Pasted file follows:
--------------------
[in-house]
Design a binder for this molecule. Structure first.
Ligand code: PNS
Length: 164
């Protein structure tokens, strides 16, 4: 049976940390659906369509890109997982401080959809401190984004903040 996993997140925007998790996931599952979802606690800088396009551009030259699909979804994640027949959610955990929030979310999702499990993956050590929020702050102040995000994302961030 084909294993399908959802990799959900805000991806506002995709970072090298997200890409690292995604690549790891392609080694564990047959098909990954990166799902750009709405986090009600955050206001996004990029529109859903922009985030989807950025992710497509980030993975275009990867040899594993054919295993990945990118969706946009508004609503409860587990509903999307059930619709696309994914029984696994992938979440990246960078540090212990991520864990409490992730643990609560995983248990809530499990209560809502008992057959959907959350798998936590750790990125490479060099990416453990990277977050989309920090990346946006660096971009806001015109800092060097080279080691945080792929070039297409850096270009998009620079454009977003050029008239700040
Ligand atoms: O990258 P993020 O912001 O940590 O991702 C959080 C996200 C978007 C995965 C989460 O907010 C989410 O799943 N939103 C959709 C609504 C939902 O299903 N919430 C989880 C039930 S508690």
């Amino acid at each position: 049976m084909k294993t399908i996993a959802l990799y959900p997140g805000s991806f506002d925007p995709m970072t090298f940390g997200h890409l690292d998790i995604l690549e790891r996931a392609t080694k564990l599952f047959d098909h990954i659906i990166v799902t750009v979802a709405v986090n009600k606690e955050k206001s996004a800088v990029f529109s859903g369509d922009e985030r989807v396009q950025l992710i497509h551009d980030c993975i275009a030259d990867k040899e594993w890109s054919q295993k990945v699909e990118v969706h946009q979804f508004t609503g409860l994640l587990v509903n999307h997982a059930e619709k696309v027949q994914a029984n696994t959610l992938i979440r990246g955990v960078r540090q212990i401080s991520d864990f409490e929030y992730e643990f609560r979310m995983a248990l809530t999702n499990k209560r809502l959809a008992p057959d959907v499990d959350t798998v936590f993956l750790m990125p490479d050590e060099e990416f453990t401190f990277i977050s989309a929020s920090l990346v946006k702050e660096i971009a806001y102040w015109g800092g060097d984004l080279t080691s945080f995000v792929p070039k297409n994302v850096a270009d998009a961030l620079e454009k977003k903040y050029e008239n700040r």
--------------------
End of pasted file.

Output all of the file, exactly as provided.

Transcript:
[in-house]
Design a binder for this molecule. Structure first.
Ligand code: PNS
Length: 164
């Protein structure tokens, strides 16, 4: 049976940390659906369509890109997982401080959809401190984004903040 996993997140925007998790996931599952979802606690800088396009551009030259699909979804994640027949959610955990929030979310999702499990993956050590929020702050102040995000994302961030 084909294993399908959802990799959900805000991806506002995709970072090298997200890409690292995604690549790891392609080694564990047959098909990954990166799902750009709405986090009600955050206001996004990029529109859903922009985030989807950025992710497509980030993975275009990867040899594993054919295993990945990118969706946009508004609503409860587990509903999307059930619709696309994914029984696994992938979440990246960078540090212990991520864990409490992730643990609560995983248990809530499990209560809502008992057959959907959350798998936590750790990125490479060099990416453990990277977050989309920090990346946006660096971009806001015109800092060097080279080691945080792929070039297409850096270009998009620079454009977003050029008239700040
Ligand atoms: O990258 P993020 O912001 O940590 O991702 C959080 C996200 C978007 C995965 C989460 O907010 C989410 O799943 N939103 C959709 C609504 C939902 O299903 N919430 C989880 C039930 S508690």
């Amino acid at each position: 049976m084909k294993t399908i996993a959802l990799y959900p997140g805000s991806f506002d925007p995709m970072t090298f940390g997200h890409l690292d998790i995604l690549e790891r996931a392609t080694k564990l599952f047959d098909h990954i659906i990166v799902t750009v979802a709405v986090n009600k606690e955050k206001s996004a800088v990029f529109s859903g369509d922009e985030r989807v396009q950025l992710i497509h551009d980030c993975i275009a030259d990867k040899e594993w890109s054919q295993k990945v699909e990118v969706h946009q979804f508004t609503g409860l994640l587990v509903n999307h997982a059930e619709k696309v027949q994914a029984n696994t959610l992938i979440r990246g955990v960078r540090q212990i401080s991520d864990f409490e929030y992730e643990f609560r979310m995983a248990l809530t999702n499990k209560r809502l959809a008992p057959d959907v499990d959350t798998v936590f993956l750790m990125p490479d050590e060099e990416f453990t401190f990277i977050s989309a929020s920090l990346v946006k702050e660096i971009a806001y102040w015109g800092g060097d984004l080279t080691s945080f995000v792929p070039k297409n994302v850096a270009d998009a961030l620079e454009k977003k903040y050029e008239n700040r």